The Lansing pinball league is casually run. That's its birthright. It started out mostly because WVL thought if there were a core of people playing the three pinball machines in the hipster bar, the machines might be better-maintained, and there might be more of them. He was brilliantly right about the number, possibly right about the maintenance. It's a club without many serious rules, and an ad-hoc nature to the rules it has. As a group of people who like hanging out together that's all it needs to be.
Those experienced with geek social fallacies have probably spotted the group's major fault lines: it can get ugly when someone tries taking things seriously. The most aggravated I'd ever seen WVL were times that folks from more professionally-managed leagues wanted to tighten up operations. But that passed as they got to either appreciate the laid-back charm of our group or wandered off.
Those experienced with anecdotes have probably spotted where this is going. The possibly-sandbagging guy who popped in to take B Division this week didn't manage to do it cleanly. He and the other guy who'd beaten bunny_hugger --- the one who did really belong in B --- had to play one another repeatedly, first when they were both in the winners bracket, then when one was in the winners and one was in the losers bracket, and then again because of how double-elimination brackets work. And then the two of them got into an argument about how many games they had played, and how many matches they played. In short, they were arguing about who took first and who took second for the B Division.
I don't fault you if you think this sounds absurd: how could you forget how many games you played? But I can accept a prima facie case that someone would. They played each other a lot of times in a row, and apparently played the same games repeatedly. One of them wrote down what, to the best of his recollection, were the results of all their games; among their four rounds they played Lord of the Rings four times (twice in round two) and The Simpsons also four times. I can believe someone losing track of that. The other guy couldn't (charitably) or wouldn't (if you're a harder skeptic) remember them all and didn't write down his best recollection of the games played.
WVL meanwhile was overwhelmed trying to work this out, and trying to keep it from escalating into a serious fight. bunny_hugger could only take a few minutes of being close to the quarrel before excusing herself. I tried to be neutral-good, though I lacked any good ideas of what to do past ``well, could you write down what you think happened and maybe we can work out what most probably did?'' and trying to let WVL know I'd support any ruling he did make. MWS tried to be supportive too, and to emphasize that he believed it was all an innocent and accidental mistake and that nobody suspects bad will on anyone's part. I would agree with that except that my sense is everybody suspects bad will on the suspected-sandbagger's part.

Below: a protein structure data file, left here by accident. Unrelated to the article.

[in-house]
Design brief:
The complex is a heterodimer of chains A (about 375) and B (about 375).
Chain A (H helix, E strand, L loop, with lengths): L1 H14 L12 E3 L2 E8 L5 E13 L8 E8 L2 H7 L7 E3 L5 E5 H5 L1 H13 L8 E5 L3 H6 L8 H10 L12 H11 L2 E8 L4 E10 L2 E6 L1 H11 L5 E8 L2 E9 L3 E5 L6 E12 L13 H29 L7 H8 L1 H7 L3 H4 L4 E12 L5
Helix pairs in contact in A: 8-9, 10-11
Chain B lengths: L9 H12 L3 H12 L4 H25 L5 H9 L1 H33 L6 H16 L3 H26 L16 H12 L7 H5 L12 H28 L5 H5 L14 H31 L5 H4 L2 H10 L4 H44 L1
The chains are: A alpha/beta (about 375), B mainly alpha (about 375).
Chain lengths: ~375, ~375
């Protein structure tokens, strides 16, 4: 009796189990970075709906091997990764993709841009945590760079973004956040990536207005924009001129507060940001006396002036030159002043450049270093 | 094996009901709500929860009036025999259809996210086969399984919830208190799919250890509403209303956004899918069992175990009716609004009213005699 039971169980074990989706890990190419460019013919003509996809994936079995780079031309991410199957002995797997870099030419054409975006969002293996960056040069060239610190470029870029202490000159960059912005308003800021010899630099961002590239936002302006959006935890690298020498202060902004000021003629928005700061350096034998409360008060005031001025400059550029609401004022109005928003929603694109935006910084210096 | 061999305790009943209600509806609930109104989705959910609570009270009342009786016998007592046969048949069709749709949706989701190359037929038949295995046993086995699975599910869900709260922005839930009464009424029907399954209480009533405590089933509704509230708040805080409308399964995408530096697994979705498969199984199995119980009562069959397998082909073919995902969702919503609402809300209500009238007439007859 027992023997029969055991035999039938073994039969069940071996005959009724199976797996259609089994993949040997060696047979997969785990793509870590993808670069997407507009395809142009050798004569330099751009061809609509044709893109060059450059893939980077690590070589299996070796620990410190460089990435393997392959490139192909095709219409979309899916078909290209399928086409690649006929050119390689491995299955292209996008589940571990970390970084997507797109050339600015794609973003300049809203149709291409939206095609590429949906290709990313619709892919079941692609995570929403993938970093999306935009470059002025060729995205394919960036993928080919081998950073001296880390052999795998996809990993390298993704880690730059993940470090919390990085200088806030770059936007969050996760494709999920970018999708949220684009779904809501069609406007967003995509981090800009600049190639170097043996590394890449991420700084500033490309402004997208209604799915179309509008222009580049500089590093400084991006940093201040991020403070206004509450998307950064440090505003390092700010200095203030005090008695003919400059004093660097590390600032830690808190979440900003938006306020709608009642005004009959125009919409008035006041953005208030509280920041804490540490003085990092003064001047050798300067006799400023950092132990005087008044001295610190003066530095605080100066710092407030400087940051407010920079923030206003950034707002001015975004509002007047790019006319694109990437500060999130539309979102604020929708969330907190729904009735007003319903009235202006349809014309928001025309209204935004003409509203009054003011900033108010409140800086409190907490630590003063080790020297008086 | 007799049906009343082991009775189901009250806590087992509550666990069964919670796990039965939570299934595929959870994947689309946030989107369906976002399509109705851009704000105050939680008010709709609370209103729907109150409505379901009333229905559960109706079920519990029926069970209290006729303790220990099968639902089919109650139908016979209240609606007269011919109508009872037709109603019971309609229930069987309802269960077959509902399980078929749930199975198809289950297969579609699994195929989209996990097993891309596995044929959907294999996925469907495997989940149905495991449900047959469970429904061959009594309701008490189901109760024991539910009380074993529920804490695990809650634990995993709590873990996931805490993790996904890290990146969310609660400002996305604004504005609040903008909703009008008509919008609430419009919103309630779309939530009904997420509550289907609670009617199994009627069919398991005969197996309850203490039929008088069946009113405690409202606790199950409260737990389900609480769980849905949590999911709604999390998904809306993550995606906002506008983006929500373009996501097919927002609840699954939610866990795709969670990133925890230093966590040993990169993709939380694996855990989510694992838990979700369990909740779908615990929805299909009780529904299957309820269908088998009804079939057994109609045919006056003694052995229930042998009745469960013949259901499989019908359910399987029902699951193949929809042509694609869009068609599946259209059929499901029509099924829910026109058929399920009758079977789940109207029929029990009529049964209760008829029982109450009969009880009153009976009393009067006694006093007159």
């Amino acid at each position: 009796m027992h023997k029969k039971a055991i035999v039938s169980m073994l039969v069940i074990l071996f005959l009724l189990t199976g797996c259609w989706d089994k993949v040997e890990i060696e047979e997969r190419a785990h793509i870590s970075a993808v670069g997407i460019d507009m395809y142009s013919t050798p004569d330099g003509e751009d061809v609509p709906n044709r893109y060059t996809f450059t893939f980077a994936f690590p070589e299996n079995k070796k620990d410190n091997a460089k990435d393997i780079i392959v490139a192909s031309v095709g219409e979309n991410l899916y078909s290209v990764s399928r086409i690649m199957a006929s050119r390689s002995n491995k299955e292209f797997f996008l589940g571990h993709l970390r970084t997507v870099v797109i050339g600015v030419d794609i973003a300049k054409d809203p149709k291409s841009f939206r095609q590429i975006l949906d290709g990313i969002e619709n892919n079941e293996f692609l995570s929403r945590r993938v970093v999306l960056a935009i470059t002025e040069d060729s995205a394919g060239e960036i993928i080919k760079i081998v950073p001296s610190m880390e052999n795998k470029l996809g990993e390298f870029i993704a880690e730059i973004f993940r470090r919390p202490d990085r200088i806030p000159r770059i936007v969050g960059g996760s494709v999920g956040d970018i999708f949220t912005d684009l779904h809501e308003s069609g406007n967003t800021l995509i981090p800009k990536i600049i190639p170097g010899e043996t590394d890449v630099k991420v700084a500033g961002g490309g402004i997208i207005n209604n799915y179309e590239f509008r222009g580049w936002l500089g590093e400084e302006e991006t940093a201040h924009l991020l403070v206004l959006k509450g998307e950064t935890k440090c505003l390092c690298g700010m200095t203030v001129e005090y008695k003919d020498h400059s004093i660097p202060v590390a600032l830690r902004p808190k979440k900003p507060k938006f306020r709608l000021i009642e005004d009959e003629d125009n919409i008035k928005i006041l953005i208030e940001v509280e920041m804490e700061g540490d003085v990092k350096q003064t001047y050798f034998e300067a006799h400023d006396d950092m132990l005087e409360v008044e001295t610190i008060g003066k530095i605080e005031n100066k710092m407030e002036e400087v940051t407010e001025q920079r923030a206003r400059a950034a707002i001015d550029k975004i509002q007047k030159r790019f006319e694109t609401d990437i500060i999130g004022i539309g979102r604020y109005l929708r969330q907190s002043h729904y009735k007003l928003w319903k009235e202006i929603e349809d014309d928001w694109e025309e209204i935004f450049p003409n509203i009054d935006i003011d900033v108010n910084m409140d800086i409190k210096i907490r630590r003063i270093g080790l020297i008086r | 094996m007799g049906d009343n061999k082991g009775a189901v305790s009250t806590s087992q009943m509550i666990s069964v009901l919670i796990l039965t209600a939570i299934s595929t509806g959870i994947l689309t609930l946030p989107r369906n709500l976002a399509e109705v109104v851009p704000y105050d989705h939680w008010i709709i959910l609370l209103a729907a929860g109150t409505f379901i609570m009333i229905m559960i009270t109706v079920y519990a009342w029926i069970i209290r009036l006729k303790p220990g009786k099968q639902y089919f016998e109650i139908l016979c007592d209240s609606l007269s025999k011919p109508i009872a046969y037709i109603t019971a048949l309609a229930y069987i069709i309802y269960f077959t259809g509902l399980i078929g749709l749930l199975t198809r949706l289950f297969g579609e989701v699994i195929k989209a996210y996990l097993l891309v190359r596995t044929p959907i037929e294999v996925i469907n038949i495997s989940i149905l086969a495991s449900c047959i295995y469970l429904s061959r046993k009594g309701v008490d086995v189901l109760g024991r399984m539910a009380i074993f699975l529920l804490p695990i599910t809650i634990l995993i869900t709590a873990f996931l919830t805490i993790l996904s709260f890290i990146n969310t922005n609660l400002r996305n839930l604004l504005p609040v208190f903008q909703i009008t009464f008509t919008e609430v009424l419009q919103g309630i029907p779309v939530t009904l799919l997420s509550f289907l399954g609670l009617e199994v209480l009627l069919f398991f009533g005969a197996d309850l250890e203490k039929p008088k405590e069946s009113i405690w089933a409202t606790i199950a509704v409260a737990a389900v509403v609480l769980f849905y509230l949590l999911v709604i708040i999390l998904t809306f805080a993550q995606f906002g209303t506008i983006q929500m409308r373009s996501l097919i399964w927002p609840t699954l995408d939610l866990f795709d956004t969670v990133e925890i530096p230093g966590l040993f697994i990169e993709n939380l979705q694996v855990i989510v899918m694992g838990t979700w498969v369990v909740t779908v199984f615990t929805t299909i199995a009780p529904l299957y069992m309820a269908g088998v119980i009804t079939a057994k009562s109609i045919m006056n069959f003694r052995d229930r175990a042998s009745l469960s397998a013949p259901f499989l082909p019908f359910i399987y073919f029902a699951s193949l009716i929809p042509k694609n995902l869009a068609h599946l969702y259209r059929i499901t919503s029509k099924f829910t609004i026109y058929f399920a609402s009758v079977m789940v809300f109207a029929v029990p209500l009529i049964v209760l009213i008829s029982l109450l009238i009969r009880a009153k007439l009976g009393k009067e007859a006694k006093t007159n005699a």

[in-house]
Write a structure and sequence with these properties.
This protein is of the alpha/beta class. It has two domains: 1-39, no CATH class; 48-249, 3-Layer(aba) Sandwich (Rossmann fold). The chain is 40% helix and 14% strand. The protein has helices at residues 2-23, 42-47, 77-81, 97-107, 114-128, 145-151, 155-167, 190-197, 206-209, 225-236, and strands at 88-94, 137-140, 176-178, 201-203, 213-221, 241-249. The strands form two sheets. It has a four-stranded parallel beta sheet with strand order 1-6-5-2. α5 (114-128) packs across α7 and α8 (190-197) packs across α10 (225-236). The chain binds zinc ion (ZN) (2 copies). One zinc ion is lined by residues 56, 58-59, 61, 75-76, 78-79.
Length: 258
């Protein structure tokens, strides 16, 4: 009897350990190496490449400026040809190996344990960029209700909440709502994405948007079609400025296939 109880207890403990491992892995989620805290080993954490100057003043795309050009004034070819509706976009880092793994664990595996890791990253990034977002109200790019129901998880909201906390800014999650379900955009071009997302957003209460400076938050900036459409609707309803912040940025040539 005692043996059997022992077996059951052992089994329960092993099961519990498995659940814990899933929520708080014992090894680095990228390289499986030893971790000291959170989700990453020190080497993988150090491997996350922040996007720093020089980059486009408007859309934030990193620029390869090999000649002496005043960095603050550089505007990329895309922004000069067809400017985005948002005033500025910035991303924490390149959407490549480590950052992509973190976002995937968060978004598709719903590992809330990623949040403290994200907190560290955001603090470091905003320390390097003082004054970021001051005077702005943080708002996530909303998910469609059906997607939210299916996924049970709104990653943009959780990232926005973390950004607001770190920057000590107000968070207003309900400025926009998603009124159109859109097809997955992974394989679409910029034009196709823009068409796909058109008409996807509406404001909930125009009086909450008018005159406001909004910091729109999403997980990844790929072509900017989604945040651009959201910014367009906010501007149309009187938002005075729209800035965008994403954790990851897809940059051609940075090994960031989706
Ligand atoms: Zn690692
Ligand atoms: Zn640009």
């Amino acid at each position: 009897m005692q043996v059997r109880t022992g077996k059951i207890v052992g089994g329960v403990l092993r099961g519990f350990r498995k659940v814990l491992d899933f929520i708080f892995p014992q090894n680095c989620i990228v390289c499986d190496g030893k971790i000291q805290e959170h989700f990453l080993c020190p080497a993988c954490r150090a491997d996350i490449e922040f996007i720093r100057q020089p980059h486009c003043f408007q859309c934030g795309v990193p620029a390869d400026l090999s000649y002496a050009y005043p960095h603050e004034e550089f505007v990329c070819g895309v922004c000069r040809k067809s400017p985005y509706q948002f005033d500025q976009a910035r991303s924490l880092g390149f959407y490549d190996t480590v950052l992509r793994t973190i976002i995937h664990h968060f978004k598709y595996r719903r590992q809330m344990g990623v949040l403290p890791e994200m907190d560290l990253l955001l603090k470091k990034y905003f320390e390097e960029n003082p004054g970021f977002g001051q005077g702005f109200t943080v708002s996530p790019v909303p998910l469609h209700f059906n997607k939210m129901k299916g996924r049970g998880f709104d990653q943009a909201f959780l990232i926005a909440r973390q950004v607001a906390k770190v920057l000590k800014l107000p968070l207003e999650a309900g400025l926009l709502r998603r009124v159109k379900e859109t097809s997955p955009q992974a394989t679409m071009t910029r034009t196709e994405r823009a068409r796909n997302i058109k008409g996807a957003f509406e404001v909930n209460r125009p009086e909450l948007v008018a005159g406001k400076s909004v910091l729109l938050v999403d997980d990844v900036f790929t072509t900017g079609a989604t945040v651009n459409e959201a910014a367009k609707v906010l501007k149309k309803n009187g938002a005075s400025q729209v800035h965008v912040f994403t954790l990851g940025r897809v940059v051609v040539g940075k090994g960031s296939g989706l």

One said fine, he'd just take whichever trophy and go home and never come back. Somehow the idea of a one-game or a one-ball playoff got floated. This turned into a one-game playoff on Getaway, which then turned into a best-of-three playoff all on Getaway and mercifully that stopped rather than turning into a best-of-five. The disputants, and bunny_hugger, lined up for pictures with their trophies, and the disputants went off to buy one another beers in what we'd like to believe was a show of no hard feelings.
I'm afraid of the way the incident may disrupt the league. I can imagine rule changes that would at least make it harder for this particular problem to recur. (For example, have both players return to a center station at the end of their match to report the answer, and let both sign off on it.) They're little touches of a professional attitude. And that's all right. But having such a procedure would also mark the edge of the group's loose, casual friendliness. Maybe it won't change the league in important ways. The incident resulted from some actions out of step with the group's nature. But I worry it's trouble aborning.
Trivia: In 1570 Naples there were something like seven hundred thousand ducats in circulation and savings. By 1751 there were eighteen million. Source: Indian Givers: How Native Americans Transformed the World, Jack Weatherford.
Currently Reading: Beggar Thy Neighbor: a History of Usury and Debt, Charles R Geisst.
PS: Reading the Comics, May 9, 2015: Trapezoid Edition, mathematics comics. This is something like the fourth since the last roundup, I think.